Article

Vitamin B12 Deficiency.

U.S. Army Health Clinic, Darmstadt, Germany.
American family physician (Impact Factor: 1.82). 04/2003; 67(5):979-86.
Source: PubMed

ABSTRACT Vitamin B12 (cobalamin) deficiency is a common cause of macrocytic anemia and has been implicated in a spectrum of neuropsychiatric disorders. The role of B12 deficiency in hyperhomocysteinemia and the promotion of atherosclerosis is only now being explored. Diagnosis of vitamin B12 deficiency is typically based on measurement of serum vitamin B12 levels; however, about 50 percent of patients with subclinical disease have normal B12 levels. A more sensitive method of screening for vitamin B12 deficiency is measurement of serum methylmalonic acid and homocysteine levels, which are increased early in vitamin B12 deficiency. Use of the Schilling test for detection of pernicious anemia has been supplanted for the most part by serologic testing for parietal cell and intrinsic factor antibodies. Contrary to prevailing medical practice, studies show that supplementation with oral vitamin B12 is a safe and effective treatment for the B12 deficiency state. Even when intrinsic factor is not present to aid in the absorption of vitamin B12 (pernicious anemia) or in other diseases that affect the usual absorption sites in the terminal ileum, oral therapy remains effective.

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Available from: Robert C Oh, Aug 17, 2015
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    • "The deficiency of Vitamin B 12 may cause some disorders such as hematologic, neuropsychiatric and cardiovascular disorders. According to the clinical findings, patients whose blood serum levels of Vitamin B 12 are lower than 200 pg/mL (150 pmol/L) are diagnosed with Vitamin B 12 deficiency [35]. Therefore, the determination of the level of Vitamin B 12 is very important for blood, drugs, dairy products, and fermentation products . "
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    • "Nevertheless, the so-called subclinical cobalamin deficiency (SCCD) in clinically normal individuals exhibiting biochemical abnormalities can be associated with subtle neurological and electrophysiological changes and calls for further workup of such patients (Carmel, 2008). The prevalence of cobalamin deficiency increases with age and is present in 1.9–15% of the elderly (Oh & Brown, 2003; McLean, de Benoist & Allen, 2008; Carmel, 2011). The prevalence varies according to the disease definitions, markers, and cutoffs employed. "
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    ABSTRACT: After measurement of the mean volumes of leukocyte subpopulations as well as the distribution widths (DW) of these volumes has become available, we investigated whether such morphometric leukocyte parameters are associated with a commonly used marker of cobalamin deficiency, i.e., holotranscobalamin (HoloTC). Further, we determined reference intervals for these parameters in an elderly population. Consecutive subjectively healthy and volunteering individuals ≥60 years were included. Using the UniCel DxH 800 Coulter Cellular Analysis System MoMV, mean neutrophil volume (NeMV), mean lymphocyte volume (LyMV), monocyte anisocytosis (MoV-DW), neutrophil anisocytosis (NeV-DW), and lymphocyte anisocytosis (LyV-DW) were assessed together with other parameters including HoloTC. A total of 150 individuals were included in the study. Reference intervals were not dependent on age and gender. MoV-DW (P = 0.002) and NeV-DW (P = 0.02) were significantly lower, and LyMV was significantly higher (P = 0.04) in participants with a HoloTC concentration <28 pm. In contrast, MCV, MoMV, NeMV, and LyV-DW were not associated with HoloTC concentrations. The area under the curve (AUC) in the receiver operating characteristic analysis for detecting a HoloTC <28 pm was 0.81 [95% confidence interval (CI) (0.73, 0.87)] for MoV-DW and 0.73 (0.66, 0.80) for NeV-DW. In this collective of subjectively healthy elderly individuals, monocyte anisocytosis, neutrophil anisocytosis and mean lymphocyte volume were associated with decreased HoloTC.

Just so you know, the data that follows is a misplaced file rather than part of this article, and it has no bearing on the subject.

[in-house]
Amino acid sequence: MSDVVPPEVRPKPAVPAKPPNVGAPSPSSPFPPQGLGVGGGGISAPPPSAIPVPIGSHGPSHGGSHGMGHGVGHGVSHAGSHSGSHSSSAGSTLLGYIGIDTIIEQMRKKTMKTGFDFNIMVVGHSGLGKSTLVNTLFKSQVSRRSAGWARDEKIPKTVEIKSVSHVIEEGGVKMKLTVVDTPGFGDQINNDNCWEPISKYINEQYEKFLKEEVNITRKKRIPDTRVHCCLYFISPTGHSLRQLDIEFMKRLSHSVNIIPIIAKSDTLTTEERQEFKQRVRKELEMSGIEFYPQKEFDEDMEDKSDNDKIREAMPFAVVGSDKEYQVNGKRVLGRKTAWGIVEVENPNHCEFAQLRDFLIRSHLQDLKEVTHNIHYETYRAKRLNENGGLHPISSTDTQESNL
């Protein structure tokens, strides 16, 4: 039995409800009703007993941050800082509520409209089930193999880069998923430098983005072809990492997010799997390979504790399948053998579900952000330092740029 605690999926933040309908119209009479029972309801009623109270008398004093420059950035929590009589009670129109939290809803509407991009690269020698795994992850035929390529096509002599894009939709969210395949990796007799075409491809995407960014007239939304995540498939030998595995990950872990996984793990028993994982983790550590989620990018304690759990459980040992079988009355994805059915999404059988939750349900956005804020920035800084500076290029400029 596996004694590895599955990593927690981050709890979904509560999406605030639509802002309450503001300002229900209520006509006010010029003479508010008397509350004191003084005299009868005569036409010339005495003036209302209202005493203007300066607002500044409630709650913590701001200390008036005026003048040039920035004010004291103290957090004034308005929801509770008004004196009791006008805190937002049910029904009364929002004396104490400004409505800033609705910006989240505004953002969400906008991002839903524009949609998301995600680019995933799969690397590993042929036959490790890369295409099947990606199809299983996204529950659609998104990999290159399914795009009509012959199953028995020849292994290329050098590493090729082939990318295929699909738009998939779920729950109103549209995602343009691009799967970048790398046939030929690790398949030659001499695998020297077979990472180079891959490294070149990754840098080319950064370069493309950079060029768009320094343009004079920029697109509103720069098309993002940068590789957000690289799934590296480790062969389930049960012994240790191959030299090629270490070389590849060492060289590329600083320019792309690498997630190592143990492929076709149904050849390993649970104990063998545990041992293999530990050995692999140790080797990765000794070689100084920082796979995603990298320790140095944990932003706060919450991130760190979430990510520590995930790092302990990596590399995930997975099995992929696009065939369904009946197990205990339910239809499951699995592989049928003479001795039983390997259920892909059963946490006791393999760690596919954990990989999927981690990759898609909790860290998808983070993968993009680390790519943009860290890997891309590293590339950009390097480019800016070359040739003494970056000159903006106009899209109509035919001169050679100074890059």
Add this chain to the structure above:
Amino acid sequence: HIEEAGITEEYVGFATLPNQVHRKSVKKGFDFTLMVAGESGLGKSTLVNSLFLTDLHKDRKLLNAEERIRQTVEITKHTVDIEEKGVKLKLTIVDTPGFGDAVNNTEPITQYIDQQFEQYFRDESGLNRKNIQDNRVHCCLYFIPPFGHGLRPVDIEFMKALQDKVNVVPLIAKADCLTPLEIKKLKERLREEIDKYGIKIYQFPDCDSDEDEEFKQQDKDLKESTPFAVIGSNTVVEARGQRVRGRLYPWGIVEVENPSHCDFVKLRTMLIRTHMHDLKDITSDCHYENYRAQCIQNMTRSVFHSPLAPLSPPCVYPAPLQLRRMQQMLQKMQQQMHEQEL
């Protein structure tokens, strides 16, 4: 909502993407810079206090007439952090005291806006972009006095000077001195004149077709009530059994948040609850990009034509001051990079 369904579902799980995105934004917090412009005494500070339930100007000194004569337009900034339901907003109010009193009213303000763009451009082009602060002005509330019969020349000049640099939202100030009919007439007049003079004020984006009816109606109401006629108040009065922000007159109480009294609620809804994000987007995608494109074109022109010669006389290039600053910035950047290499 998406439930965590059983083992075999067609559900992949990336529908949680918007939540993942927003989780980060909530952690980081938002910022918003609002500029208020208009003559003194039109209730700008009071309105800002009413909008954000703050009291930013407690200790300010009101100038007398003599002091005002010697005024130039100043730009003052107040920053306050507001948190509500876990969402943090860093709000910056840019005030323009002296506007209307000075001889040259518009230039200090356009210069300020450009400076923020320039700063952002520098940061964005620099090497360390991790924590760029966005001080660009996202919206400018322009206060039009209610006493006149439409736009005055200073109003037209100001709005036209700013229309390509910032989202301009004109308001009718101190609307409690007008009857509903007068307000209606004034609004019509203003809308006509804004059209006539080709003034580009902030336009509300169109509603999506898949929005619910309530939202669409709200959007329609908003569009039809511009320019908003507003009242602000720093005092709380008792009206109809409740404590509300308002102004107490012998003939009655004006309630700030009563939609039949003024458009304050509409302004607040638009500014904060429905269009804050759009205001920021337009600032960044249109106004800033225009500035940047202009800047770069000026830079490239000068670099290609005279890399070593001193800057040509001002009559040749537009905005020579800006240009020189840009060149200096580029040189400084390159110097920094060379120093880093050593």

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    • "While micronutrient and omega-3 status are important, other factors such as smoking, sedentary lifestyles and obesity influence disease risk. Nutrient status is affected by low dietary intakes and reduced nutrient absorption (Oh and Brown, 2003). A varied diet which includes plenty of fruit, vegetables, wholegrains, fish, lean meat and poultry, low-fat dairy foods and starchy carbohydrates should be the bedrock of dietary intervention. "
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    ABSTRACT: Purpose – The purpose of this paper is to examine the potential role of micronutrients and omega-3 fatty acids in promoting healthier ageing. Design/methodology/approach – A literature review was conducted using Medline and key words relevant to ageing, nutritional status, nutrient intake and disease risk. Data from the National Diet and Nutrition Survey (NDNS) were used to determine micronutrient adequacy. Findings – The NDNS showed that intakes of vitamin A, B2, B6, folic acid, iron, calcium, magnesium, zinc and iodine fell below recommended levels for groups of older people. Vitamins and mineral supplements may improve nutritional status, lower the risk of deficiency, and impact favourably on disease markers. Practical implications – The evidence suggests that dietary interventions and supplementation may become increasingly important in maintaining health and quality of life in older people. Originality/value – This paper highlights the positive role of nutrition in healthy ageing.
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